Dentists See Dental Practice Marketing as a "Necessary Evil"

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Dental Survey Results When we asked dentists if marketing is part of their job as a dentist, we heard a lot of grumbles about what a pain dental practice marketing can be. Nonetheless, 95% of respondents acknowledge that they won't get to practice dentistry if they can't run a successful business. Only 5% maintain that their job is to to fix people's teeth and improve oral health.

A Florida dentist summed up how many dentists seem to feel about marketing: “Hate it. Can’t live without it."

For more insight, check out these comments!!

Marketing is part of doing business

  • "A restaurant can't say, ‘We won't do marketing because we just want to cook good food for people.'” (Minnesota dentist)
  • “A successful dental practice is a business. It requires the inclusion of several elements that were never taught in dental school, and one of those elements is marketing.” (California dental implantologist)

Internal marketing is most important

  • “I love it, but first things first: If you aren't doing internal marketing, you should not be doing external marketing.” (Michigan dentist)
  • “Internal marketing is key, but over-marketing cheapens the profession by selling our services like a commodity rather than a professional expert service.” (Illinois dentist)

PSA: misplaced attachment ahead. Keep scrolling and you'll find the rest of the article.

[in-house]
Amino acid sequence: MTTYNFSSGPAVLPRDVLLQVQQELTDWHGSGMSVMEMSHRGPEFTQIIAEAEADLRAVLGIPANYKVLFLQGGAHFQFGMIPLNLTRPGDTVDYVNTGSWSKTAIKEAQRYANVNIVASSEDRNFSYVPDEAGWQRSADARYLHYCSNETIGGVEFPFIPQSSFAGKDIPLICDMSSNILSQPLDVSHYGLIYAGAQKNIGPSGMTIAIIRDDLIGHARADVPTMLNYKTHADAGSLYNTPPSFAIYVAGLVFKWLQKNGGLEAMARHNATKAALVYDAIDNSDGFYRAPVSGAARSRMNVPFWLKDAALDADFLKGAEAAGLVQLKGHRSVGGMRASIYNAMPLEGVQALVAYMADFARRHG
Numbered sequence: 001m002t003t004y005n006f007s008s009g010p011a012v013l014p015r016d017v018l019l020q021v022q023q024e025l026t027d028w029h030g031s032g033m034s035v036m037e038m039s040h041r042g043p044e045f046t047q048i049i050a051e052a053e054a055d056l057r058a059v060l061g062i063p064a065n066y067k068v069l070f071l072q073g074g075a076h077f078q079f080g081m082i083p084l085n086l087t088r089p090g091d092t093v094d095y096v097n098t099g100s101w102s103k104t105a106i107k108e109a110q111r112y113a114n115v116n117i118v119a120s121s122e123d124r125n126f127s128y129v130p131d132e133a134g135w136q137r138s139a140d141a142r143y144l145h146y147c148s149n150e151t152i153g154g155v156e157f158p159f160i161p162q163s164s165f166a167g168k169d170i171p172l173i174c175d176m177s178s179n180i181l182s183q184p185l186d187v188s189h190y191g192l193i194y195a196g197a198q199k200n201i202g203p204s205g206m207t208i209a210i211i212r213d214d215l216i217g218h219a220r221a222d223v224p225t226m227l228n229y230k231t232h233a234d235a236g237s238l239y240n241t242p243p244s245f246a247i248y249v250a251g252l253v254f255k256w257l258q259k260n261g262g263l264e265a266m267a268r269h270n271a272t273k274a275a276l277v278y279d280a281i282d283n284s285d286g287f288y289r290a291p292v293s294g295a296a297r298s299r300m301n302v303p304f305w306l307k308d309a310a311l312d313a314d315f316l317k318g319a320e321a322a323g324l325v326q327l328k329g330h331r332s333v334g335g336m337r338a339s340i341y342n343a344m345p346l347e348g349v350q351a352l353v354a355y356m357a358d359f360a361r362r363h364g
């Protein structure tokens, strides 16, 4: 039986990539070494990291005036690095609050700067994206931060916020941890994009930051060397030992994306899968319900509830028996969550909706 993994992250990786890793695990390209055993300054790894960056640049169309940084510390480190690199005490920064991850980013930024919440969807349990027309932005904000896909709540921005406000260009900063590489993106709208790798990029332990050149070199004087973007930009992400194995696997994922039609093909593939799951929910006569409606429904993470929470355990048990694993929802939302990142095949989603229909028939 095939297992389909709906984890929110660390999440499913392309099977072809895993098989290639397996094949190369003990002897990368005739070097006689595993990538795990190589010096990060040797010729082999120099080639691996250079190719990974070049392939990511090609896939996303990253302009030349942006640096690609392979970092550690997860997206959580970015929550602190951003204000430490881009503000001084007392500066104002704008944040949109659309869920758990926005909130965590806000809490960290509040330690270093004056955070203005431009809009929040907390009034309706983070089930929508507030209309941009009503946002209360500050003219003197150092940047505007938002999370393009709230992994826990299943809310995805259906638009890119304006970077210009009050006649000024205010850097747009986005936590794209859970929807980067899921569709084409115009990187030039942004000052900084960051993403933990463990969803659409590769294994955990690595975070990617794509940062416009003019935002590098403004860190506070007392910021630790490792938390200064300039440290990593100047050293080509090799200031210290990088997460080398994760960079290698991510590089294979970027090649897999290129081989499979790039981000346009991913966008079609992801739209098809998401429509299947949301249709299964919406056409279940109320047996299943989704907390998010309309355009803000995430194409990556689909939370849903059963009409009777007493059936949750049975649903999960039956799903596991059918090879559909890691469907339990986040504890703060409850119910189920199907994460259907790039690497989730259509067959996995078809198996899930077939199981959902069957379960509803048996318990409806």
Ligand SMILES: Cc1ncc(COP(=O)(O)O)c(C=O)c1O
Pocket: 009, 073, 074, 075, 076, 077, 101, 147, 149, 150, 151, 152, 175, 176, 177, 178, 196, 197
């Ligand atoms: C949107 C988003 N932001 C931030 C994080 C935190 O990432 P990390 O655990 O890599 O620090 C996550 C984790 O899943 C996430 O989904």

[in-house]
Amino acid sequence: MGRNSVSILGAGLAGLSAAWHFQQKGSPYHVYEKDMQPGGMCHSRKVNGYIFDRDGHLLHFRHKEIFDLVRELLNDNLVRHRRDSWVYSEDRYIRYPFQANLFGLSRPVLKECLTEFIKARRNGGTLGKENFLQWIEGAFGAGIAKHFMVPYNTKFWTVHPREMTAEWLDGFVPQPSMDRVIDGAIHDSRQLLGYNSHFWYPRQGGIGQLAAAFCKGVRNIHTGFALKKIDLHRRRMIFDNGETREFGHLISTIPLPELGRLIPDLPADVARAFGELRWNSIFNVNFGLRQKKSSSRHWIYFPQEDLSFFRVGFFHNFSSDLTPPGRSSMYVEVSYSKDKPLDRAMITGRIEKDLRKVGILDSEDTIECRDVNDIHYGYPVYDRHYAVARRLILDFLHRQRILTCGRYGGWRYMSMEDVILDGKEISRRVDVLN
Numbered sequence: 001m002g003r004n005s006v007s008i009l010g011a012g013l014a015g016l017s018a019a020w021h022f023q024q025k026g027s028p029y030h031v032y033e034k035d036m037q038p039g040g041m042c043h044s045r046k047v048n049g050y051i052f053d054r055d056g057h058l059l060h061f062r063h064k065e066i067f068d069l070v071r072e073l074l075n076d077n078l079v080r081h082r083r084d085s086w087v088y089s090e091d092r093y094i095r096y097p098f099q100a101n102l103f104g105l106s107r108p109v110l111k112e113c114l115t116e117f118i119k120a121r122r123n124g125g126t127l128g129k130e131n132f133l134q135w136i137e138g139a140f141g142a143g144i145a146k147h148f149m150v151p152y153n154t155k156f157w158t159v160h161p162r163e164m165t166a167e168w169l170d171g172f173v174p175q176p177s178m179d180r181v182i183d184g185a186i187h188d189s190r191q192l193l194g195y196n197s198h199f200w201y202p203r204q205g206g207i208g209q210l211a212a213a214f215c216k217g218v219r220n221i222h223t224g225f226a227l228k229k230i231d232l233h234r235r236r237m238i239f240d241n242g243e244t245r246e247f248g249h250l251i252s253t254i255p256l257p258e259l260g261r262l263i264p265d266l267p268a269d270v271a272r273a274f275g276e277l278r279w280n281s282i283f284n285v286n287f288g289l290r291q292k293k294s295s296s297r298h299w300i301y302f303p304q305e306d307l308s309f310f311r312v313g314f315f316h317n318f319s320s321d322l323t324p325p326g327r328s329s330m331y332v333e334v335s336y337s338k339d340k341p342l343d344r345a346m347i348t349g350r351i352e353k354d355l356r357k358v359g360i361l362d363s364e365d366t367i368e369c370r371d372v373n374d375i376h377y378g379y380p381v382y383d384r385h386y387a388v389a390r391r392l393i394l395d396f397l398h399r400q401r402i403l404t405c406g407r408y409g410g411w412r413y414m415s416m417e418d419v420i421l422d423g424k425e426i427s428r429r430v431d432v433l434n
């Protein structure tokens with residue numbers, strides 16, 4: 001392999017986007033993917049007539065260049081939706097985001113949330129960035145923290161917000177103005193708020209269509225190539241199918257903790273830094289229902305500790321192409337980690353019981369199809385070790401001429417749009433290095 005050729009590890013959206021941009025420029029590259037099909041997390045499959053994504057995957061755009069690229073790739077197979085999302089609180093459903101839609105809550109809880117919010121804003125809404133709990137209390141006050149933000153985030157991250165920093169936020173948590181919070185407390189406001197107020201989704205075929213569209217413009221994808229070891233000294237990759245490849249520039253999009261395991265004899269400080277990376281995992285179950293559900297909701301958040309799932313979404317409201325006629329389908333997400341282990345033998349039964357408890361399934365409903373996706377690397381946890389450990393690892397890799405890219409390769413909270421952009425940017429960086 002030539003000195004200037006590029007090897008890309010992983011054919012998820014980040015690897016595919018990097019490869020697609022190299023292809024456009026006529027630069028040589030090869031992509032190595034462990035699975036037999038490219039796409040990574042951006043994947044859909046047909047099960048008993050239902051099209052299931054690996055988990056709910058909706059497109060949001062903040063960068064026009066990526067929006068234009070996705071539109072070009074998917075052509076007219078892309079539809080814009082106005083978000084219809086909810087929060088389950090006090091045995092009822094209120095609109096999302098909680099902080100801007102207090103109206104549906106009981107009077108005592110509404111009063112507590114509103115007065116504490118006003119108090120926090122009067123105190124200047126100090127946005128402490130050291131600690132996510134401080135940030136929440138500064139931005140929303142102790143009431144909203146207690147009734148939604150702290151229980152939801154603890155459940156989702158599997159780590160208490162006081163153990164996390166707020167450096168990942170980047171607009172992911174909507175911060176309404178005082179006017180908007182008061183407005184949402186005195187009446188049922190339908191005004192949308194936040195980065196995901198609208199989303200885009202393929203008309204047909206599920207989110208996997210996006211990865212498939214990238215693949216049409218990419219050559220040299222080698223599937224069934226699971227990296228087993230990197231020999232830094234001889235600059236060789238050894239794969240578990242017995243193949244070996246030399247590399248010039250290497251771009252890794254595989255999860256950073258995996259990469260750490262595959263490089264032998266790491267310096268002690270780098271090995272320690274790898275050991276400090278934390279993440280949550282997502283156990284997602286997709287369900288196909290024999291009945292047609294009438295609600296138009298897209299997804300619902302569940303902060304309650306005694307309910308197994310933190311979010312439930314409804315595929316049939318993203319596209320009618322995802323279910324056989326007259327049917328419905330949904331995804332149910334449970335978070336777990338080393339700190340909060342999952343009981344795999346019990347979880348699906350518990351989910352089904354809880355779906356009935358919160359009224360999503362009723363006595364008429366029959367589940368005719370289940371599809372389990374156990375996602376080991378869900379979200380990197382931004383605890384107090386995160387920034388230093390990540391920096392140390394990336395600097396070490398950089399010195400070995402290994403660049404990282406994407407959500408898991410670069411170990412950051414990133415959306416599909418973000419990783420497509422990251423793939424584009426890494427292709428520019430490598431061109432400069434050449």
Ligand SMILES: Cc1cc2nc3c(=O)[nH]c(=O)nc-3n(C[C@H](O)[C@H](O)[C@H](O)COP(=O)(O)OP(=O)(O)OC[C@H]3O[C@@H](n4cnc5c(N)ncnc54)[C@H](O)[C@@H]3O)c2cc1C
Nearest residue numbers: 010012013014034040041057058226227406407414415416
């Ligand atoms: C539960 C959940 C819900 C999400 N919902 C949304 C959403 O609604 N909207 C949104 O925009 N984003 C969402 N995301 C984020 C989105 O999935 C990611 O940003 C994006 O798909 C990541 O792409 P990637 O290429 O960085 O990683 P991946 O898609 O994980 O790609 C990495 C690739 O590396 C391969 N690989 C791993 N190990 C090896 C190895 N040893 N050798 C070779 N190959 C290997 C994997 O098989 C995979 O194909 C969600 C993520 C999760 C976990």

Dentists have a love/hate relationship with marketing

  • “I hate it, but it’s a necessary effort and expense.” (Kansas dentist)
  • “It's a ‘necessary evil.'” (Prosthodontist)

It’s worth every penny

  • “Every dentist, whether they have their own practice or work for someone else, is involved in marketing and PR. Generally, the more thought, time, effort and money one puts into it, the greater the benefits.” (Oregon dentist)
  • “Our passion in delivering the best treatment we can for our patients should be reflected in all our interactions. Therefore, marketing should be a fun and integral part of a fun and rewarding dental practice.” (Washington orthodontist)
  • “I love it. It lets me communicate effectively what we do.” (Oklahoma dentist)

Marketing lets you target the patients you want

  • "Love it. If you market you get to do the type of work you want. My website listing brings in a steady stream of sleep apnea and snoring patients and that is where I find a lot of big cosmetic and reconstruction cases.” (Illinois dentist)

Problems with marketing

  • “It can be difficult to get a good return on your investment (ROI).” (New Jersey dentist)
  • “Don't really like it. Not sure how it will be perceived. Lots of opportunity for misunderstandings with patients.” (Oregon dentist)

These days, you have to do it

  • “I have learned to do it. It was not needed years ago! I have been around since 1966.” (Indiana dentist)
  • “You can't succeed without it.” (Endodontist)
  • “If you don't promote yourself, the practice, and the things that you want to do for patients, then no one will know you exist. They won't know what great services you can provide, and you will be a dentist with time on your hands and fewer patients to treat.” (Illinois dentist)


Note: Survey sample included 57 respondents.

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